messages archive had discovered the Challenges and Case Studies of yore.
Those were highly instructive in a way that just isn't possible from
presentation formats (i.e. books, articles, videos). Seeing the creative
successes and also the not-so-successful results was interesting, reading
the commentaries was invaluable.

So I would very much welcome a return of case studies, if it wouldn't be
too much trouble.


Re: Carnival: what's next?

George Machen
 

Case studies would seem to be the very raison d'être of this group! We were limited by storage restrictions on Yahoo, but I can only find in our FAQ restrictions on individual photo sizes, not a total for a given group. (100 MB per photo in Basic groups, 500MB in Premium and Enterprise groups)

Dan's time and disposition are not infinitely elastic; I would think that he doesn't have to participate in every case study (although the more the better!), if that would mean more case studies. And I suppose we could always rein it in if it gets out of hand.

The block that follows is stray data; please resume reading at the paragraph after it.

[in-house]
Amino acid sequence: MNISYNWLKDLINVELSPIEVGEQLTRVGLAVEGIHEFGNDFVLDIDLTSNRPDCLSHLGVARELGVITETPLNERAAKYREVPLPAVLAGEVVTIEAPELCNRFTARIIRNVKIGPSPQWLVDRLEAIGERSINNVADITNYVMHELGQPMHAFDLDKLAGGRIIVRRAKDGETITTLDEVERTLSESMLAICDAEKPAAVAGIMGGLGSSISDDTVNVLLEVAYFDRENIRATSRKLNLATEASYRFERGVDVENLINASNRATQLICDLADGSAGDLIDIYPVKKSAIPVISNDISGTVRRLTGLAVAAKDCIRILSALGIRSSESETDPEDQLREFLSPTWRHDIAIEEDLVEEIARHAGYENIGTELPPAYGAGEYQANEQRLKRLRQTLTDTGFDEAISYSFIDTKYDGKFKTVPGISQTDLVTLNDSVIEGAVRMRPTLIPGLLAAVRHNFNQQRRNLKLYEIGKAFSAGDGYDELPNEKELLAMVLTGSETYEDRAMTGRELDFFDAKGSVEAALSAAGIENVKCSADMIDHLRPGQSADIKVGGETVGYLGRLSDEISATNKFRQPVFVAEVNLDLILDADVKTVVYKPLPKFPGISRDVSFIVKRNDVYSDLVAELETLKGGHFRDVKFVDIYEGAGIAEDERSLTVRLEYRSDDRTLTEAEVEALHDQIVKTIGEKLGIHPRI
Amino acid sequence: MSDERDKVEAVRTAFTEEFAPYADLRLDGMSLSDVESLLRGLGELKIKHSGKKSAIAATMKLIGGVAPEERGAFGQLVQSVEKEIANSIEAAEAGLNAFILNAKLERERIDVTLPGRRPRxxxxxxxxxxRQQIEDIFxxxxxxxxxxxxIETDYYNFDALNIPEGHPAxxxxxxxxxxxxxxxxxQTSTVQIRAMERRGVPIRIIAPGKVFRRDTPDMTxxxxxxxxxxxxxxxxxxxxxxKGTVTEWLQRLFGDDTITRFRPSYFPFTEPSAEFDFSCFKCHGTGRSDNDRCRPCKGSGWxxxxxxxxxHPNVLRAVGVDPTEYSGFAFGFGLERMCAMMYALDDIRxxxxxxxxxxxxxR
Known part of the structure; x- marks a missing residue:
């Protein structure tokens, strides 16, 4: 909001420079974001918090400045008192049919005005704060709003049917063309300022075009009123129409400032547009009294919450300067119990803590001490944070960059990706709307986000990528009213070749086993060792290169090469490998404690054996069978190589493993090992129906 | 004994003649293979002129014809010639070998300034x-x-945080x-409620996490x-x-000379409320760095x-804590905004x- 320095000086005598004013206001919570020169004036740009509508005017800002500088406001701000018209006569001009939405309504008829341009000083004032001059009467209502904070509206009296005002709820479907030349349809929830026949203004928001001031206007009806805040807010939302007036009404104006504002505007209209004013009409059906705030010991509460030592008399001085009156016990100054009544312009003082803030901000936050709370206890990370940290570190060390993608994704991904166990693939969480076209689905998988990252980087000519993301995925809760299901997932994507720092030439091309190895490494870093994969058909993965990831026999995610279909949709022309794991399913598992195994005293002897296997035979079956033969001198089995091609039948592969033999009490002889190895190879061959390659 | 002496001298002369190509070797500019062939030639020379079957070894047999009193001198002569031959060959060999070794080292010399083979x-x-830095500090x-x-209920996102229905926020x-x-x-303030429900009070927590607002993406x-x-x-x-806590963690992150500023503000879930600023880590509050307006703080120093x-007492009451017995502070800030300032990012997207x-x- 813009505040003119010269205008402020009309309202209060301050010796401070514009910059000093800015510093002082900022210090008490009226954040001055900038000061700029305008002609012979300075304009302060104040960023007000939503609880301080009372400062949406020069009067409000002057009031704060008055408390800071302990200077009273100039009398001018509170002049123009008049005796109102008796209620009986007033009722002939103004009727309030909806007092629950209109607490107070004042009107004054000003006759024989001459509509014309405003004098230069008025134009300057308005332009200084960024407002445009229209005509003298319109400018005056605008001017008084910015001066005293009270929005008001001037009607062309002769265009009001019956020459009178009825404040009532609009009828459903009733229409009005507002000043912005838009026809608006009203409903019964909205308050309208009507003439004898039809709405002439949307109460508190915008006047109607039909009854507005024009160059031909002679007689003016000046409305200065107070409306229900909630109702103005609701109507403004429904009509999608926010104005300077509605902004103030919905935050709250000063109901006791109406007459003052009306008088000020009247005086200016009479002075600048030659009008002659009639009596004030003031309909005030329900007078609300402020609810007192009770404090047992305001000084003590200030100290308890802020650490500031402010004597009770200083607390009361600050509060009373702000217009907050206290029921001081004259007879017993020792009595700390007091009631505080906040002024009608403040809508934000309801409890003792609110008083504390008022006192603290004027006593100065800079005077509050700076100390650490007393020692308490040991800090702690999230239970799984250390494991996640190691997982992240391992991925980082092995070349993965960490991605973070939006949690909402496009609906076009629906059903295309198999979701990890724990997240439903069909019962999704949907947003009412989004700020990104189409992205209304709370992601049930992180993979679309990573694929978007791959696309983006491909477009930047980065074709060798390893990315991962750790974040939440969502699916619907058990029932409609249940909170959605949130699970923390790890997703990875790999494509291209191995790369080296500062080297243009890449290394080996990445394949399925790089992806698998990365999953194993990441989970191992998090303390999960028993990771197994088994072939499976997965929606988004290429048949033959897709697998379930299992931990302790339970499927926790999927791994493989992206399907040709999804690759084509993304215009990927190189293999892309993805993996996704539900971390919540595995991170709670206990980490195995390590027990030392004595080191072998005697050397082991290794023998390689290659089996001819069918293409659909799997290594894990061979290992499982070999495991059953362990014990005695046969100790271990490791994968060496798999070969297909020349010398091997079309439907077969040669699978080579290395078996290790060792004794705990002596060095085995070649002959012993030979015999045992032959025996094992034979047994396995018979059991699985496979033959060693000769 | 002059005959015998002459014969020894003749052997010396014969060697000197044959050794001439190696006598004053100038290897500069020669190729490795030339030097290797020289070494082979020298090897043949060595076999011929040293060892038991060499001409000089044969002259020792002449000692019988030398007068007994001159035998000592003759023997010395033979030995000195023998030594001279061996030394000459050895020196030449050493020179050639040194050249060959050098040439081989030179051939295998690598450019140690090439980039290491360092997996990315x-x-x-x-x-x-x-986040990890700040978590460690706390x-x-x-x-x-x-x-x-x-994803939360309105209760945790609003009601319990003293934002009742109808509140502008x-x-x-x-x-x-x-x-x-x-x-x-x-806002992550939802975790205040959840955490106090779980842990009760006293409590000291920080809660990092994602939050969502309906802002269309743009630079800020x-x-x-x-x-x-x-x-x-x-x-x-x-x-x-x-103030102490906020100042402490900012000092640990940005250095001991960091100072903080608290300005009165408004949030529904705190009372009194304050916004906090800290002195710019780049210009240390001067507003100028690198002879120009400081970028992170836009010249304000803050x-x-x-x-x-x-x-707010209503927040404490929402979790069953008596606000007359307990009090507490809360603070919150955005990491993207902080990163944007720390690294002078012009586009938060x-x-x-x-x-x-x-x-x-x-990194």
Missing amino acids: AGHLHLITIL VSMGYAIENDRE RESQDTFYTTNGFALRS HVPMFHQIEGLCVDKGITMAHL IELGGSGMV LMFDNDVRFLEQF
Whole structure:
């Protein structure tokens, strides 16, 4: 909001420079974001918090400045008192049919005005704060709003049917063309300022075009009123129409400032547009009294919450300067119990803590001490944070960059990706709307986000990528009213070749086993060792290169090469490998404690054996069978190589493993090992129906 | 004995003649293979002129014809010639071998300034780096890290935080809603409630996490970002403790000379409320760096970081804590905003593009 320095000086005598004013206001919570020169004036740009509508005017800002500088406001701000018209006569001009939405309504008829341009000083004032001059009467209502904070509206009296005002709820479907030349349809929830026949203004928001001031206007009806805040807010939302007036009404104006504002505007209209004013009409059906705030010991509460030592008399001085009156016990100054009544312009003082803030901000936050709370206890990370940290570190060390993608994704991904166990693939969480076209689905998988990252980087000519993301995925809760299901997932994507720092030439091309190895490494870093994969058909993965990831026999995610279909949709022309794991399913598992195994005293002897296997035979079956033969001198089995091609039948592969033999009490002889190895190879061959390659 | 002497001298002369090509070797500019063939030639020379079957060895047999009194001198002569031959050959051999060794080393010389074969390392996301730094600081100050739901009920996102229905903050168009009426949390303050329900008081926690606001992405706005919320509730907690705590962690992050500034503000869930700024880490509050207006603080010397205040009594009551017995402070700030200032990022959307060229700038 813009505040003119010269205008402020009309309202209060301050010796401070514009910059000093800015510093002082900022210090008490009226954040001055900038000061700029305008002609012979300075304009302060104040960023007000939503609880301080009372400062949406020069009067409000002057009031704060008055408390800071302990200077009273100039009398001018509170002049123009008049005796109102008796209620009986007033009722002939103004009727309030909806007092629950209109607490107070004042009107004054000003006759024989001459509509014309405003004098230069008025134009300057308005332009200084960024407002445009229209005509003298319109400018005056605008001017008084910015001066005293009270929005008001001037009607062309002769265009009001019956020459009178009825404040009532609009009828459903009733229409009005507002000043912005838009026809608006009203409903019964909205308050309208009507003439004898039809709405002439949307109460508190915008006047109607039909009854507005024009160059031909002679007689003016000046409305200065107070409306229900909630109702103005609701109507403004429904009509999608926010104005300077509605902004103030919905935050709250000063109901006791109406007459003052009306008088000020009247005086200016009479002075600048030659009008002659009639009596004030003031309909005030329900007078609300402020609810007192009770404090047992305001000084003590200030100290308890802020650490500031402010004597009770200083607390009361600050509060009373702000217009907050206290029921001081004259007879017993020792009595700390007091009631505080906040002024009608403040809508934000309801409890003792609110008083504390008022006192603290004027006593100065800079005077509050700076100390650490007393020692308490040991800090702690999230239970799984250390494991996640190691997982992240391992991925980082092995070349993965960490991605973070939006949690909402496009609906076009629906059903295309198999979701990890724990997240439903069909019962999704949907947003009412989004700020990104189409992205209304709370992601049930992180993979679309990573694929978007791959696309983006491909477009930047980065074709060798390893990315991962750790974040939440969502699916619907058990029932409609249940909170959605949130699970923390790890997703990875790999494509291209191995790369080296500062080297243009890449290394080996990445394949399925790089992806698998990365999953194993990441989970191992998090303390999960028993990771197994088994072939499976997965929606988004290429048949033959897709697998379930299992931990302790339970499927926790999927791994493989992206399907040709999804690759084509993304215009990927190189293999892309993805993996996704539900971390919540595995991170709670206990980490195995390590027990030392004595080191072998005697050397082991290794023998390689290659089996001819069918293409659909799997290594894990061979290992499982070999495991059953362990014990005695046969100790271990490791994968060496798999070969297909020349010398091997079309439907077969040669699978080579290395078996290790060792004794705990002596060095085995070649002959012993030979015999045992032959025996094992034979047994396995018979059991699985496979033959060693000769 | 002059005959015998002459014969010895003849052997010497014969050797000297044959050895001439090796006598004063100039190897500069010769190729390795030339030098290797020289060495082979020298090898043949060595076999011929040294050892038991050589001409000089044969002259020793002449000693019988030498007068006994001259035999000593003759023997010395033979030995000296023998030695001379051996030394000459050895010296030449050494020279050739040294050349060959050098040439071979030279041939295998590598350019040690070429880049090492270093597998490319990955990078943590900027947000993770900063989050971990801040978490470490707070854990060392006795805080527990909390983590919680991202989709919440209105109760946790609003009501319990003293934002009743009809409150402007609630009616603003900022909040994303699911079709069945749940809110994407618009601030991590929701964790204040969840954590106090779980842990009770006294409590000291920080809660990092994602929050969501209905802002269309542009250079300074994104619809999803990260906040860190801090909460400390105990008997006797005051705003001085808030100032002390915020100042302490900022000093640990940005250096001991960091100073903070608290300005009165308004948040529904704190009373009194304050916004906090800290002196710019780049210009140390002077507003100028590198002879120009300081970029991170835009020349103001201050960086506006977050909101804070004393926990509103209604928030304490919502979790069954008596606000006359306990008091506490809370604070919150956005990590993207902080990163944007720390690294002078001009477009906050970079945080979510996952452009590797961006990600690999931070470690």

-- 
George Machen
 


Re: Carnival: what's next?

bill bane
 

I would love to see and try some additional whacks with additional case studies.

 

Bill Bane

 

From: colortheory@groups.io <colortheory@groups.io> On Behalf Of ROBIN MARK D'ROZARIO
Sent: Saturday, May 23, 2020 11:10 AM
To: colortheory@groups.io
Subject: Re: [colortheory] Carnival: what's next?

 

Dear Dan,
I enjoyed the Carnival exercise and vote Yes for further case studies.
Best regards,
Robin Mark D'ROZARIO


Re: Carnival: what's next?

Thomas Hurd,MD
 

I am interested in more case studies. I also enjoyed the Carnival case study very much.

Tom Hurd

On May 23, 2020, at 12:10 PM, ROBIN MARK D'ROZARIO <rdrozario@...> wrote:

Dear Dan,
I enjoyed the Carnival exercise and vote Yes for further case studies.
Best regards,
Robin Mark D'ROZARIO


Re: Carnival: what's next?

ROBIN MARK D'ROZARIO
 

Dear Dan,
I enjoyed the Carnival exercise and vote Yes for further case studies.
Best regards,
Robin Mark D'ROZARIO


Carnival: what's next?

Dan Margulis